1. Closed Subsets

Folks,

Are the following subsets closed?

1) $\displaystyle S=(0,1]; in X=R$

2) $\displaystyle S=\{x=(x_1,x_2) \in R^2 : x_1^2+x_2^2 \le 1 \} in X=R$

For 1) $\displaystyle S=(0,1]; in X=R$ is not closed

for if $\displaystyle S_n$ is a convergent sequence with $\displaystyle 0 < S_n \le 1 \forall n \in N$

$\displaystyle S-N \le 1 \forall n \implies Lim S_n \le Lim 1 =1 as n \rightarrow \infty$

I dont know if this is right or how to continue.....?

2. Re: Closed Subsets

Originally Posted by bugatti79
Are the following subsets closed?
1) $\displaystyle S=(0,1]; in X=R$
For each $\displaystyle n\in\mathbb{Z}^+$ define $\displaystyle x_n=\frac{1}{n}$

If it true that $\displaystyle x_n\in S~?$ that is the limit of $\displaystyle (x_n)~?$

3. Re: Closed Subsets

Originally Posted by Plato
For each $\displaystyle n\in\mathbb{Z}^+$ define $\displaystyle x_n=\frac{1}{n}$

If it true that $\displaystyle x_n\in S~?$ that is the limit of $\displaystyle (x_n)~?$
ok

Let $\displaystyle \displaystyle x_n=1/n$ be a sequence $\displaystyle \in S \forall n \in Z^+$

ie $\displaystyle \displaystyle 0 < 1/n \le 1 \forall n \in Z^+$ but the $\displaystyle lim_{ n \rightarrow \infty } 1/n= 0 \implies x_n \notin S \implies S=(0,1]$ is not closed...

Correct?

4. Re: Closed Subsets

Originally Posted by bugatti79
Let $\displaystyle \displaystyle x_n=1/n$ be a sequence $\displaystyle \in S \forall n \in Z^+$
ie $\displaystyle \displaystyle 0 < 1/n \le 1 \forall n \in Z^+$ but the $\displaystyle lim_{ n \rightarrow \infty } 1/n= 0 \implies x_n \notin S \implies S=(0,1]$ is not closed...Correct?
NO indeed.
The whole point is that $\displaystyle \forall n,~x_n\in S$ but $\displaystyle \displaystyle\lim_{n\to\infty}x_n\notin S$.

5. Re: Closed Subsets

Originally Posted by Plato
NO indeed.
The whole point is that $\displaystyle \forall n,~x_n\in S$ but $\displaystyle \displaystyle\lim_{n\to\infty}x_n\notin S$.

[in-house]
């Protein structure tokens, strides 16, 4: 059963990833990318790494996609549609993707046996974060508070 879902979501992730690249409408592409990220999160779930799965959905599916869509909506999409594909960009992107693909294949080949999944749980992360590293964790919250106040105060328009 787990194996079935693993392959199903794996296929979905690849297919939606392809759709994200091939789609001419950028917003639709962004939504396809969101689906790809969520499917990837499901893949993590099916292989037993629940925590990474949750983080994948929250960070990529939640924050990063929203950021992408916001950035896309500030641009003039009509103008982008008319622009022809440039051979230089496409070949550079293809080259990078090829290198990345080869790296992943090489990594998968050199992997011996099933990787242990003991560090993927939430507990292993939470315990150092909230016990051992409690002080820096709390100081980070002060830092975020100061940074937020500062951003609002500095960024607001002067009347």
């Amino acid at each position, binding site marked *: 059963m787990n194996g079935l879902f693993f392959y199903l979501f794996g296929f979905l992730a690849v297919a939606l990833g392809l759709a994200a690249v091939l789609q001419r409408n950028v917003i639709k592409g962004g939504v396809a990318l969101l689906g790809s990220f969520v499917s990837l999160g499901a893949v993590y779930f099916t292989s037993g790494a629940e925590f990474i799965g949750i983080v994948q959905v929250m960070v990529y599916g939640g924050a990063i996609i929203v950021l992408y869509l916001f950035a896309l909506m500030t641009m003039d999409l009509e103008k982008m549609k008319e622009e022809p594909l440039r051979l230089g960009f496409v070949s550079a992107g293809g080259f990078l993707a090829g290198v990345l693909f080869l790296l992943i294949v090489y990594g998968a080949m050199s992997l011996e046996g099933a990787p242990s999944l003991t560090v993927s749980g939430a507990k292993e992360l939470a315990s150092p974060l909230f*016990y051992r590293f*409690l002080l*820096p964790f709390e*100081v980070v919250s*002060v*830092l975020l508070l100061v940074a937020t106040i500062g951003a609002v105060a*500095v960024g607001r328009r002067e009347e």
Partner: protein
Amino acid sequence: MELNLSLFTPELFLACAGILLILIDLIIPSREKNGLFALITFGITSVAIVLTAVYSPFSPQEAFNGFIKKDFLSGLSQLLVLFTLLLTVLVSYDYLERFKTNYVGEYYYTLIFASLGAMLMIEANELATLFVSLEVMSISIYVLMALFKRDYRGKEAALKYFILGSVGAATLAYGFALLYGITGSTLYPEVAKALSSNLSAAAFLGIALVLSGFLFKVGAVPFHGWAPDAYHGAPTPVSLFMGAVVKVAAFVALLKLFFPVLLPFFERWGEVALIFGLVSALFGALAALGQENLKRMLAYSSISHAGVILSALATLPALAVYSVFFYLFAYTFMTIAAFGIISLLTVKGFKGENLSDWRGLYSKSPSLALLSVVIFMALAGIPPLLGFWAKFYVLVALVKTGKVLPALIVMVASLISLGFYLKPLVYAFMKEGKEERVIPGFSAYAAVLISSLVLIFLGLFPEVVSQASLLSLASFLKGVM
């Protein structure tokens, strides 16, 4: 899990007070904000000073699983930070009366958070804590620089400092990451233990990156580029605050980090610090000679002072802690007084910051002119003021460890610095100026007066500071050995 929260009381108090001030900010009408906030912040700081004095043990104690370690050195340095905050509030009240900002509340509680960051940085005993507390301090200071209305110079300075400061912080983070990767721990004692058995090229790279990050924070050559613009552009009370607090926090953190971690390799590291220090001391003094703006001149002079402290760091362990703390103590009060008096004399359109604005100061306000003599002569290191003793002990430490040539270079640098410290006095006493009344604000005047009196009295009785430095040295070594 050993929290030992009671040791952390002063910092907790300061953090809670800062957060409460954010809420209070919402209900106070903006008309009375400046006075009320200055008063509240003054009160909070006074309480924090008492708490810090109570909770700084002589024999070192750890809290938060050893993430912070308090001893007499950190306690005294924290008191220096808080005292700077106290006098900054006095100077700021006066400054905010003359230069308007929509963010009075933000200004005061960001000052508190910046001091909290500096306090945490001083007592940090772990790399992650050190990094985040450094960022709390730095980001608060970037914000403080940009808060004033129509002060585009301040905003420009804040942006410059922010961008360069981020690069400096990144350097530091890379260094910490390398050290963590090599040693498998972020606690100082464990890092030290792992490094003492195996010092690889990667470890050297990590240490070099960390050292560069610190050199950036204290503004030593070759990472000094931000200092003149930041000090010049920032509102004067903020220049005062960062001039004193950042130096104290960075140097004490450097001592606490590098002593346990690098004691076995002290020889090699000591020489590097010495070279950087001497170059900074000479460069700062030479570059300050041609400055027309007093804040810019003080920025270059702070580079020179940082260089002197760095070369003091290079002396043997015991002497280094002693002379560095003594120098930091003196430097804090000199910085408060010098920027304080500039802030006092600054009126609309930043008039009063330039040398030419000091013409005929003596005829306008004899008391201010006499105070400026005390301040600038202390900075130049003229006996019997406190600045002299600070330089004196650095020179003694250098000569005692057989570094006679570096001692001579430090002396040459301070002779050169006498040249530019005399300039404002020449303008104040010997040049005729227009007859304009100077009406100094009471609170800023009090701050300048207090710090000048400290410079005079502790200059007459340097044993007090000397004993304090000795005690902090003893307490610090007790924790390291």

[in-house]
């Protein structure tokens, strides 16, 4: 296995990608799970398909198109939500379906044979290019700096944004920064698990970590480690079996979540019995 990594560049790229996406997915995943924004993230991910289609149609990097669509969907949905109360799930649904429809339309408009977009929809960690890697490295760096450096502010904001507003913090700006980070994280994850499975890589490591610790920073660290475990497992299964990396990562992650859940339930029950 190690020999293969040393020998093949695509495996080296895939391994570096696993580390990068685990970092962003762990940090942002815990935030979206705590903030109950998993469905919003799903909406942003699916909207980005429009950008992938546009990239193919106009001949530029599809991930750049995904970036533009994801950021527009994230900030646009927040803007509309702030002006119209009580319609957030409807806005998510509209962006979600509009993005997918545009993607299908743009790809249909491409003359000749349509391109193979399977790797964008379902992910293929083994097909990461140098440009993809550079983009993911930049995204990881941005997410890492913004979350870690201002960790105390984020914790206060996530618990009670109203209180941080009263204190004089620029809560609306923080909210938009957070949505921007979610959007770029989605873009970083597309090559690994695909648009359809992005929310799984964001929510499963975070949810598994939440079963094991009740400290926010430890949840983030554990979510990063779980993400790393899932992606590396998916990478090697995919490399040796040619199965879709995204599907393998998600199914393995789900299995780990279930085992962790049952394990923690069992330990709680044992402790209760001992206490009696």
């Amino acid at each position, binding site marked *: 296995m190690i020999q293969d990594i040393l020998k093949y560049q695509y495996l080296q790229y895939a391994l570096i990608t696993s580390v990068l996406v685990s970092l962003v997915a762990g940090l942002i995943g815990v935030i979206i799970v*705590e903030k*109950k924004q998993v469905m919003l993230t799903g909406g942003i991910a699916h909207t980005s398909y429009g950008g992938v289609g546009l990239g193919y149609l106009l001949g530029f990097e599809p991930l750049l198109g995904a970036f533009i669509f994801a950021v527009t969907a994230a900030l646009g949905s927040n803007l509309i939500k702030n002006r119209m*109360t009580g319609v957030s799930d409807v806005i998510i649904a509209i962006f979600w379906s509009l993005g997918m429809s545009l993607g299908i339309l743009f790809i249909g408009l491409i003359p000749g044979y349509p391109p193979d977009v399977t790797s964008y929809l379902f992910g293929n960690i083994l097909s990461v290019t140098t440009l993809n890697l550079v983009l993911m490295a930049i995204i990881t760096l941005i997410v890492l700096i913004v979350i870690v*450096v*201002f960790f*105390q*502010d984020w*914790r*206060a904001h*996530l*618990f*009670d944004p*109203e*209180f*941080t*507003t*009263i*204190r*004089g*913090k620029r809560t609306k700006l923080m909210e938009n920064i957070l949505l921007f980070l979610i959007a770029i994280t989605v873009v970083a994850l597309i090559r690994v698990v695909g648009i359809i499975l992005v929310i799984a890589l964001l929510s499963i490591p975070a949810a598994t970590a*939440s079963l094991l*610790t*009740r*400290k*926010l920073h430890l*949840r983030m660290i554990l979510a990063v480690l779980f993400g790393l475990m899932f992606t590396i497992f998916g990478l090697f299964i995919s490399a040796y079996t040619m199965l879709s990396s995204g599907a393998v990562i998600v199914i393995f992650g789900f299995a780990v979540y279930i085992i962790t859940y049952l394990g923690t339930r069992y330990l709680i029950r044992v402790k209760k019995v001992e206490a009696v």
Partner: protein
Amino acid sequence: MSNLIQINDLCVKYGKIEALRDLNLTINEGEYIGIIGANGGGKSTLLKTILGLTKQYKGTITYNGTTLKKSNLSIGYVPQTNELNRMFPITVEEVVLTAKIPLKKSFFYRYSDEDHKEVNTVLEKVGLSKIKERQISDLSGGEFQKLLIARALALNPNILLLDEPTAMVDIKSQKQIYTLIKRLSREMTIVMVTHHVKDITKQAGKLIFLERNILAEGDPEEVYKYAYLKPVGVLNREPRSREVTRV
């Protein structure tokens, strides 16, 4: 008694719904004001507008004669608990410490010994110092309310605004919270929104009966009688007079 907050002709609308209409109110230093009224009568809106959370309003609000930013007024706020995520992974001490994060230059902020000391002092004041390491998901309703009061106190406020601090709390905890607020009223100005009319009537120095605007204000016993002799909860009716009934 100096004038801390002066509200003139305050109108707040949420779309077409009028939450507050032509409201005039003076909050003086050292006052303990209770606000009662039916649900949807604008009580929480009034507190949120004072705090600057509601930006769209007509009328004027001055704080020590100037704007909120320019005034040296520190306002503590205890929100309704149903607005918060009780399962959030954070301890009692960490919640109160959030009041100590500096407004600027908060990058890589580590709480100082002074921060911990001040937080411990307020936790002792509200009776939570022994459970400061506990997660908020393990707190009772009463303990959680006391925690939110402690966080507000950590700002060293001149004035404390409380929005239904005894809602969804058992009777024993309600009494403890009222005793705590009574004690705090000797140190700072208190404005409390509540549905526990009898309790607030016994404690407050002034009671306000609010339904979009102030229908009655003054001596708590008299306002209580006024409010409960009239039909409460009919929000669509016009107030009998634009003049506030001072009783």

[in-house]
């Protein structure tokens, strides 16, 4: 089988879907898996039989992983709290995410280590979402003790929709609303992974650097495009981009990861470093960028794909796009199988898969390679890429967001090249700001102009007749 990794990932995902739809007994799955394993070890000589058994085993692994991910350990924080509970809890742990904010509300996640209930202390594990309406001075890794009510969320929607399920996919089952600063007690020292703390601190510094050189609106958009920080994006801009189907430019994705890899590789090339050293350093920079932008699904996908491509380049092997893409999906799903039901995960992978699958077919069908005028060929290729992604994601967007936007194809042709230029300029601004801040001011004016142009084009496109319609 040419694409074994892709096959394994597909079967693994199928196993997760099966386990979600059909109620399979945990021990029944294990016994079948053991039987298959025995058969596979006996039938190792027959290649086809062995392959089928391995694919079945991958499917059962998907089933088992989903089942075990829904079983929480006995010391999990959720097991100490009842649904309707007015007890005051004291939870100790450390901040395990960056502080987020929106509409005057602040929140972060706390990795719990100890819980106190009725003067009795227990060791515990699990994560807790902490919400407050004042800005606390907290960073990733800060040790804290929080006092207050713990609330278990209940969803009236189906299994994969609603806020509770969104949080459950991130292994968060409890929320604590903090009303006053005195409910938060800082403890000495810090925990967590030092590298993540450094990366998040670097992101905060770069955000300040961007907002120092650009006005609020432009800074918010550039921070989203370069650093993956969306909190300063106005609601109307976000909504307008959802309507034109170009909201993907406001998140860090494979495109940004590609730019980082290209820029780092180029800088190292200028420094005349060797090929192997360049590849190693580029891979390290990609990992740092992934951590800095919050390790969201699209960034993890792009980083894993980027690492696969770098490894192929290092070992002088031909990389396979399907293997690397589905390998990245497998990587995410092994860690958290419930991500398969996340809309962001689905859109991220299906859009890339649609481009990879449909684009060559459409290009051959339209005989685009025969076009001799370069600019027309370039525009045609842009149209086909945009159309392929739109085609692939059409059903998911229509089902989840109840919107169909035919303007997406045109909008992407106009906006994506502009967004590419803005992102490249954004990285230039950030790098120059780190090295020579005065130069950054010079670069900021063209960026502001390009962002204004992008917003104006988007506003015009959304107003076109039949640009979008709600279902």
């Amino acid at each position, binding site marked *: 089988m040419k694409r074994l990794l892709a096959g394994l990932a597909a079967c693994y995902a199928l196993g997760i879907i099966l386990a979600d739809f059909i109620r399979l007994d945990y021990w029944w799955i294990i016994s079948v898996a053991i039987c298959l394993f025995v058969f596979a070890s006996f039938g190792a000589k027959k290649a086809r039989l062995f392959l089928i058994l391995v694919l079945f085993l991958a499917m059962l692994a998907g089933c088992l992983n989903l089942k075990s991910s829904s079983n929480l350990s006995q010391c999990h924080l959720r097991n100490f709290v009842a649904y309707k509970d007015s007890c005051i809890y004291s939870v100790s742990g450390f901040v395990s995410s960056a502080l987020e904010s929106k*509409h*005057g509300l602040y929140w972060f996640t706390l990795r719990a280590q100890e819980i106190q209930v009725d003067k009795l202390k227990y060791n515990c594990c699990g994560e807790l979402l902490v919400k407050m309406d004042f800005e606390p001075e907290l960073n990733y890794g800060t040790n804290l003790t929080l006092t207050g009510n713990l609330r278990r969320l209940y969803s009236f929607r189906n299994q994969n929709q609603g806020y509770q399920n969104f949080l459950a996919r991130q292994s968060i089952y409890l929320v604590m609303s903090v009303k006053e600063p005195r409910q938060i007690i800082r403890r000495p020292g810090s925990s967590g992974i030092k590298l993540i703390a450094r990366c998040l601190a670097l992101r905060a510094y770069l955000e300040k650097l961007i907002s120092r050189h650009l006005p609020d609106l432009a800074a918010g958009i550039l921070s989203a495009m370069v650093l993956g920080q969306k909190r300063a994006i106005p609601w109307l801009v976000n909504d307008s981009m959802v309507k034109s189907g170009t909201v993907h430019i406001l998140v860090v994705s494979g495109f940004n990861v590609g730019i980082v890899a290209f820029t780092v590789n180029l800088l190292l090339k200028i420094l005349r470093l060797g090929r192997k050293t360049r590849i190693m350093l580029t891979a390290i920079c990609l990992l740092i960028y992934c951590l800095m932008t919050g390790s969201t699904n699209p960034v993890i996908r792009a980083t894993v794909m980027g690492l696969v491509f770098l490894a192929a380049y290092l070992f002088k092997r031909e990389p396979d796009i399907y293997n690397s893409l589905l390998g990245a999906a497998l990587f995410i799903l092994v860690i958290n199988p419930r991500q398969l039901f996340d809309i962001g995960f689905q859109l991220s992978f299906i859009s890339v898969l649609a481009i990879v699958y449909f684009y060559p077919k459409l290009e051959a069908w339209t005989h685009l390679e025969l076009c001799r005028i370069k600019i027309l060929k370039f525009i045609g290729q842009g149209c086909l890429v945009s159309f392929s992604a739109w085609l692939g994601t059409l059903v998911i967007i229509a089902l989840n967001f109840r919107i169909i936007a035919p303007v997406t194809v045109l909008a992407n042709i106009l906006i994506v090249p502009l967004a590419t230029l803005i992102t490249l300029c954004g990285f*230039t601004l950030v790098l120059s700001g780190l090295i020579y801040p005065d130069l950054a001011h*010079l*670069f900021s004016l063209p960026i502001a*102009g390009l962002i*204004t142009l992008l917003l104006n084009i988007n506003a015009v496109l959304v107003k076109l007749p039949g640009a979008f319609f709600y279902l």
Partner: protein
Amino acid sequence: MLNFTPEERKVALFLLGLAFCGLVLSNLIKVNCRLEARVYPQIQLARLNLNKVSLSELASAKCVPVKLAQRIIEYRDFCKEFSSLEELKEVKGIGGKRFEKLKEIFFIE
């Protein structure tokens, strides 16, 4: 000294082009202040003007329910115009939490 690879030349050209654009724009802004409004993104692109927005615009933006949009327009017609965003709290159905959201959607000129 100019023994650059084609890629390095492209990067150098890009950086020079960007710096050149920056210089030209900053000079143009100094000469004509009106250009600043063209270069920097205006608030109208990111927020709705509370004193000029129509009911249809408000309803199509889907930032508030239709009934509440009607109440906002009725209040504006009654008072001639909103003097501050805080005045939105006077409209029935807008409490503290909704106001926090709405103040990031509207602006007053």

Does this still mean the set is not closed? Thanks

6. Re: Closed Subsets

Originally Posted by bugatti79
Does this still mean the set is not closed? Thanks
You don't understand because you don't know what it means for a set to be closed. Do you? How do you expect to work any problem if you don't understand the underlying definitions?

7. Re: Closed Subsets

Originally Posted by Plato
You don't understand because you don't know what it means for a set to be closed. Do you? How do you expect to work any problem if you don't understand the underlying definitions?
Definition: If S is a subset of an n.l.s, we say S is a closed set if for every

convergent series (S_n) of points $\displaystyle S_n \in S$, the

$\displaystyle \displaystyle \lim_{n\to\infty}S_n \in S$

in our case $\displaystyle \implies \lim_{n\to \infty} S_n \notin S$

Therefore the set is not closed...?

8. Re: Closed Subsets

Originally Posted by bugatti79
Definition: If S is a subset of an n.l.s, we say S is a closed set if for every

convergent series (S_n) of points $\displaystyle S_n \in S$, the

$\displaystyle \displaystyle \lim_{n\to\infty}S_n \in S$

in our case $\displaystyle \implies \lim_{n\to \infty} S_n \notin S$

Therefore the set is not closed...?
Yes, the set is not closed.

Originally Posted by bugatti79
Folks,

Are the following subsets closed?

2) $\displaystyle S=\{x=(x_1,x_2) \in R^2 : x_1^2+x_2^2 \le 1 \} in X=R$
We need to show $\displaystyle ||x|| \le 1$

By Triangle inequality we have $\displaystyle ||x|| \le ||x-x_n||+||x_n|| \forall n \in N$
but we know $\displaystyle \lim_{n\to\infty}x_n=x$

so $\displaystyle \forall \epsilon > 0, \exists n_0 \in N s.t ||x-x_n|| < \epsilon$

In particular taking n=n_0

$\displaystyle ||x|| \le ||x-x_n_0||+||x_n_0|| < \epsilon +1$

I dont understand the above line, why is there a '+1' on the RHS?

Thanks